This Father’s Day, take a moment to chat with the men in your life about prostate cancer - which tops the list of missing cancers.

Prostate cancer is now Australia’s most common cancer, recently overtaking breast cancer. It also tops of the list of cancers that experts fear have gone undetected as a result of the pandemic.

Since early 2020, the Victorian Cancer Registry has noticed a shortfall in cancer diagnoses compared to historic trends.

Of the now 7,000 missing cancer diagnoses, most involve men and prostate cancer accounts for 40% (2,800) of the undetected cases.

“We’d love to say we’ve seen this big drop in diagnoses because there’s less cancer overall in the community but, sadly, we know it’s a drop in detection not in cases,” says Professor Declan Murphy Director of Genito-Urinary Oncology at Peter Mac.

“That means we know there are many thousands of men out there in the community today, who should have been diagnosed with prostate cancer over the past two years, but who haven’t."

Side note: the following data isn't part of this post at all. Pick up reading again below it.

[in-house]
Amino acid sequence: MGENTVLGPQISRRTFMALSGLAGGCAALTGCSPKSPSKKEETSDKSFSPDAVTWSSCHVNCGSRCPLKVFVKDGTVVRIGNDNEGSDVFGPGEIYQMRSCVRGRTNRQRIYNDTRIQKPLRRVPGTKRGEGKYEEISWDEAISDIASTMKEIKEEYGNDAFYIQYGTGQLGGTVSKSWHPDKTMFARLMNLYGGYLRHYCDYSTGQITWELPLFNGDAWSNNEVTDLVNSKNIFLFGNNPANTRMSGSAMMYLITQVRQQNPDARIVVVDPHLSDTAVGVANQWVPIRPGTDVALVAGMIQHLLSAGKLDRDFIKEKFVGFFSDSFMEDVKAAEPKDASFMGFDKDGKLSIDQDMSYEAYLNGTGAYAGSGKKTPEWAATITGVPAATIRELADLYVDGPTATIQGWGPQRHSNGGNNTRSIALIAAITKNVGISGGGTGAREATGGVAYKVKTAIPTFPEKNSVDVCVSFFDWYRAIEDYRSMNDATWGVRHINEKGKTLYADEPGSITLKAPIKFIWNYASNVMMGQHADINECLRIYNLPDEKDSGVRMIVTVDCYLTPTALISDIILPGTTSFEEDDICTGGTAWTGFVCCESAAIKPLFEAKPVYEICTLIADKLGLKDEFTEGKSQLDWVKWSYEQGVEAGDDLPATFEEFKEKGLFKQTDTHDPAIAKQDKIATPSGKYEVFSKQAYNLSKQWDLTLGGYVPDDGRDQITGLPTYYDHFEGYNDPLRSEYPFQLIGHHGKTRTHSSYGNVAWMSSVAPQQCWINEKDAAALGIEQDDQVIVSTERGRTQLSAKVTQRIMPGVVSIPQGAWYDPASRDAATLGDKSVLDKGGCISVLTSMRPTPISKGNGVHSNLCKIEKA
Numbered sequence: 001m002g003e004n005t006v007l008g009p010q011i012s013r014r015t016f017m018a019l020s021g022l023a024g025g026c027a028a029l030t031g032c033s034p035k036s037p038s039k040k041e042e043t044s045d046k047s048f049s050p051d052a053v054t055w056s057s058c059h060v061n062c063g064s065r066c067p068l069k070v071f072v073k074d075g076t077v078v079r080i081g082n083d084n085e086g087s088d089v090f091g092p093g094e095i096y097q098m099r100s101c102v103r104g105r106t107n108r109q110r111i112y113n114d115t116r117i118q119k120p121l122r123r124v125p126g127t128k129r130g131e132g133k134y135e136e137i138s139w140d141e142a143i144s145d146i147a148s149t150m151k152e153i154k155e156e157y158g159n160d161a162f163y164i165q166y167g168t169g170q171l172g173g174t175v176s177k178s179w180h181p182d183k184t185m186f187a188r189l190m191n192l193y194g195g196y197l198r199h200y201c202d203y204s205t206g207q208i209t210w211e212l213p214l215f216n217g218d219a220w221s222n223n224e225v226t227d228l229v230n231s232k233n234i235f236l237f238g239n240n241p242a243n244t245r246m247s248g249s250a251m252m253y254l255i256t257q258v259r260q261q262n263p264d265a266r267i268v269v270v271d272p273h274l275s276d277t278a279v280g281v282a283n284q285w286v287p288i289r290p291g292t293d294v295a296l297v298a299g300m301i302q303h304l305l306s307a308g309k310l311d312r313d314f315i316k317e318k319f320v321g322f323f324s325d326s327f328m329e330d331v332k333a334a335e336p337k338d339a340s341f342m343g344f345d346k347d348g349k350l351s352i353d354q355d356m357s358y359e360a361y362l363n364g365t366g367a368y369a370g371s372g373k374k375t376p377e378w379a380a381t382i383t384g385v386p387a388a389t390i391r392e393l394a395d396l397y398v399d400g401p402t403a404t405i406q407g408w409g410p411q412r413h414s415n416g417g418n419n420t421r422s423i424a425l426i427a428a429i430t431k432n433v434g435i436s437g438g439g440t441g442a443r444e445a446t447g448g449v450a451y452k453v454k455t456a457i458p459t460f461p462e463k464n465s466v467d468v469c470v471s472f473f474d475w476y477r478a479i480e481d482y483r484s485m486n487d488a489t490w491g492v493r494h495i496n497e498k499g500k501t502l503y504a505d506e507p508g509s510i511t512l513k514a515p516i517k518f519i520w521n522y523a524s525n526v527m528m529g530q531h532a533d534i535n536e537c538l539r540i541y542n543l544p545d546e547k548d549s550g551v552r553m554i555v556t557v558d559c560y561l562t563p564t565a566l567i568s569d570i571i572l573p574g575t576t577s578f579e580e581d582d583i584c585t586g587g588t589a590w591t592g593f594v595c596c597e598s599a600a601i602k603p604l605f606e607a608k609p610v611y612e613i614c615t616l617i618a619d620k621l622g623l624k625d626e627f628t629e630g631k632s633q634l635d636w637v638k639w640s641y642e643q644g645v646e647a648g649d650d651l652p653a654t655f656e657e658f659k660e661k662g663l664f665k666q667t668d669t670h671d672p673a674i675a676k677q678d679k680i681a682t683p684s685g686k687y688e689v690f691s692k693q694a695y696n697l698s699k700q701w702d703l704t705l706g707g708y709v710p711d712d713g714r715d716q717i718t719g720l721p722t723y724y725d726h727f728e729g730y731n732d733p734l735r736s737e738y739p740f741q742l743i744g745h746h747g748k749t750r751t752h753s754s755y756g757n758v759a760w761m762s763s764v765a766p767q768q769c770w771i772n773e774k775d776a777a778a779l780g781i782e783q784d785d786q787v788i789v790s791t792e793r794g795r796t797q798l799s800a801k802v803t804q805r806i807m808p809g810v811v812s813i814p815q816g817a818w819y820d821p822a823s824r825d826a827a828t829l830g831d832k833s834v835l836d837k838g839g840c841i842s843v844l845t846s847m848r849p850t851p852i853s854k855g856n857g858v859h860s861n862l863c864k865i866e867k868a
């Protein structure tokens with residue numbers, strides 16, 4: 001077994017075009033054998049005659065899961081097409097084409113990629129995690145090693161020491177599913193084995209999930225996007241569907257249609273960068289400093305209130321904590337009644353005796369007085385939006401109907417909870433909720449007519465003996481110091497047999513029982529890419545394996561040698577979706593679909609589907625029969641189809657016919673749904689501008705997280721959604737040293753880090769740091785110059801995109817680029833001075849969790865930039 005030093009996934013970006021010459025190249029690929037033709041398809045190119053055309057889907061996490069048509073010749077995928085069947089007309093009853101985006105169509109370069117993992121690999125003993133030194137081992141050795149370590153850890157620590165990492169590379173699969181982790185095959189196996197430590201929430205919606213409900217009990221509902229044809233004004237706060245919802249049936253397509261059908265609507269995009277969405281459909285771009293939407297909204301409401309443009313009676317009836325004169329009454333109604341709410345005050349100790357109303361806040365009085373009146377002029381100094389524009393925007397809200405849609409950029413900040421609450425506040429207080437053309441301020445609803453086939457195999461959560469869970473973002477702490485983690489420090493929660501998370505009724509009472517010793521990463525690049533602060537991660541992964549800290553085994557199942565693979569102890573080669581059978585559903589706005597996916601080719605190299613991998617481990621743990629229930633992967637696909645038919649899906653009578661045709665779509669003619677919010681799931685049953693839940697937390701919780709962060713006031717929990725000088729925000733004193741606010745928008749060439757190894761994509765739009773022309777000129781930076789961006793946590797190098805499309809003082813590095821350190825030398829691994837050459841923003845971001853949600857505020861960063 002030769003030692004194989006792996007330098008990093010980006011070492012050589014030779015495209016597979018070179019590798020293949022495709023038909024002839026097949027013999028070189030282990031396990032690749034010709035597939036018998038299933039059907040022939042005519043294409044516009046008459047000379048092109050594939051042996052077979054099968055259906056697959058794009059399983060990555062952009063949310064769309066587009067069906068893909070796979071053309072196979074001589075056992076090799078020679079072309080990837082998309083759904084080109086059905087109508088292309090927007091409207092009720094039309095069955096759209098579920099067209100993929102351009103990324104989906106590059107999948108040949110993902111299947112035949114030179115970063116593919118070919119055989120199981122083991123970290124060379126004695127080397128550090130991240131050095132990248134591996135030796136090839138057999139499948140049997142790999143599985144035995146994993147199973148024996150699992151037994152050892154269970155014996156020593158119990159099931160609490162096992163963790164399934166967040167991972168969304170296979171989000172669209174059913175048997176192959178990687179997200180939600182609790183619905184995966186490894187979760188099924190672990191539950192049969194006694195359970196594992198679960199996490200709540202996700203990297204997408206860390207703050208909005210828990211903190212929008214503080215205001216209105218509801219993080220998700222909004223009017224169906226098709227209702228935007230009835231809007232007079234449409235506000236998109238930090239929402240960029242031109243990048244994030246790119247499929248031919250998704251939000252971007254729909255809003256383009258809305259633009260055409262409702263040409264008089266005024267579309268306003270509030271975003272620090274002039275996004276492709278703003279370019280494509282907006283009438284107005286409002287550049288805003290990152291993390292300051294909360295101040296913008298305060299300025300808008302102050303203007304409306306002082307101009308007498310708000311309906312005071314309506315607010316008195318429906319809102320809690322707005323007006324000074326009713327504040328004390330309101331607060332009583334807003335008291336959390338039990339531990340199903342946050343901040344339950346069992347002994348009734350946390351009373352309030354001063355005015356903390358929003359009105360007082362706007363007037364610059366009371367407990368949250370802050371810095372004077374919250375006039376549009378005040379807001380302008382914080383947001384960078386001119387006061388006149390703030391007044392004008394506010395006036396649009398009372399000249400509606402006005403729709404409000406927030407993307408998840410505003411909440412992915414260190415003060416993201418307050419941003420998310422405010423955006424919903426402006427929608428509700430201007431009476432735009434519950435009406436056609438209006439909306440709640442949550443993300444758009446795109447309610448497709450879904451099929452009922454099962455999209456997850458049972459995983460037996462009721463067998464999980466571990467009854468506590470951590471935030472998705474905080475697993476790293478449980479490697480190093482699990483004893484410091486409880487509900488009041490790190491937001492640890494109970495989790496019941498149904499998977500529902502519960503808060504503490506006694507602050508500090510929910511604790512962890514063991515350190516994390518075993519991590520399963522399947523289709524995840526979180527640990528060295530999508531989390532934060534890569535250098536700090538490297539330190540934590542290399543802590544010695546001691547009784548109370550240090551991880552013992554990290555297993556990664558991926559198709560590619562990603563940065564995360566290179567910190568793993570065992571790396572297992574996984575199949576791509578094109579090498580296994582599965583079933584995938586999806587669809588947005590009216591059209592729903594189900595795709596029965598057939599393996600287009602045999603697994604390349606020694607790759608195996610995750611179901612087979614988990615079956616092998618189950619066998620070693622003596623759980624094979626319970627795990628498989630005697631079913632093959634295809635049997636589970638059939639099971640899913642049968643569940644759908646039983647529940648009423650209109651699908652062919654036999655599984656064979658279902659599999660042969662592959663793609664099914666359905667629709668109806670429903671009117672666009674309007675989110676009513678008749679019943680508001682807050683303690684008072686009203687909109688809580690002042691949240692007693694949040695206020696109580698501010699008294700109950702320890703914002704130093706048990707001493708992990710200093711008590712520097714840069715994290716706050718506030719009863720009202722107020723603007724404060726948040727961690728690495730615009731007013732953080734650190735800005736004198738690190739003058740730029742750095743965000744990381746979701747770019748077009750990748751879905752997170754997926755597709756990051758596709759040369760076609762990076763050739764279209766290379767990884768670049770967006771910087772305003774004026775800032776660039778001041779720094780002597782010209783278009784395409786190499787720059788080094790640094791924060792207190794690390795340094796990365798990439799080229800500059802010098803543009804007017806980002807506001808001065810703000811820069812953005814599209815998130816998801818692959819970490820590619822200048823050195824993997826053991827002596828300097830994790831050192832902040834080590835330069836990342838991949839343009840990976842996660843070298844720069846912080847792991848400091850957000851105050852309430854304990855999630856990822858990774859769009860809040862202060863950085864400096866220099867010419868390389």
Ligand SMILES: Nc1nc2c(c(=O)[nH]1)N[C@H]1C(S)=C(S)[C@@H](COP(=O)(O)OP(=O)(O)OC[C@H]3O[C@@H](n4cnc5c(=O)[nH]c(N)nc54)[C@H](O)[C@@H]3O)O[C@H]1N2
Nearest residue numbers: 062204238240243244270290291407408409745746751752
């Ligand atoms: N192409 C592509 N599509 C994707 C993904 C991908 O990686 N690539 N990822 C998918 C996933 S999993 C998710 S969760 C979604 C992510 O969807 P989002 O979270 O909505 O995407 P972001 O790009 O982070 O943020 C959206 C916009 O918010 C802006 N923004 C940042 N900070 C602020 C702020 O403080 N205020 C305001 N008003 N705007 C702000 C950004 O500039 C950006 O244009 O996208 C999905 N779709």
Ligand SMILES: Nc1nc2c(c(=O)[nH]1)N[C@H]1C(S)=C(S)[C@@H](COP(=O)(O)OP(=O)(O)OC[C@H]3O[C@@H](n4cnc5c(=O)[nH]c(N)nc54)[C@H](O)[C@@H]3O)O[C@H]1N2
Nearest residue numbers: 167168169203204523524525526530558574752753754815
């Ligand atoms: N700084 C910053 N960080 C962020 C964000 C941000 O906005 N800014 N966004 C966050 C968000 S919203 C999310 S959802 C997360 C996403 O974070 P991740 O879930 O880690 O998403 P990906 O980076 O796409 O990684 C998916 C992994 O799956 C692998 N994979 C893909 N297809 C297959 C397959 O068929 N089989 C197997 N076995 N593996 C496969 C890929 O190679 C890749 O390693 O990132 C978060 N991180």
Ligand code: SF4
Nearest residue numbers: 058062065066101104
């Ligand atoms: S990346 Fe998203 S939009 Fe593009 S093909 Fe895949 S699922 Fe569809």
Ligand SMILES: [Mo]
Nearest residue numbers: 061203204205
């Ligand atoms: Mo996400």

Prof Murphy says these are typically healthy men in their 60s and 70s who perhaps missed out on that usual check up with their GP because of lockdowns.

It is thought the  added difficulty seeing a GP during the pandemic compounded the long-standing issue of men being more reluctant to see their doctor.

“It’s a problem of under-diagnosis and also later-diagnosis, as we’re also seeing people arrive at centres like Peter Mac with more advanced cancers needing more intensive treatments," Prof Murphy also says.

“We really need to find these men so that they don’t miss the boat and end up with advanced cancer.”

Of the 7,000 cancer cases missing from the Victorian Cancer Registry during the pandemic:

  • Two-thirds are men, and older people (aged 50 to 74 years) account more than half of cases
  • Prostate cancer, followed by melanoma, have seen the sharpest declines in diagnoses
  • Head and neck cancer diagnoses are also down likely due to fewer people seeing their dentist, which is a common point of detection

This Father’s Day as you reach out to the men in your life, find a way to mention the problem of Victoria's missing cancers.

“When you call dad to tell him you love him, it’s a great time to also ask if he’s been to his GP recently,” Prof Murphy also says.

“Or to any dads or men out there who perhaps put-off seeing the doc about a health concern, or missed a standard check-up or test, now is the time to get these issues properly checked out.”

Prostate cancer symptoms can include frequent urination, weak or interrupted urine flow or need to strain to empty the bladder, urge to urinate frequently at night, blood in the urine, new onset of erectile dysfunction.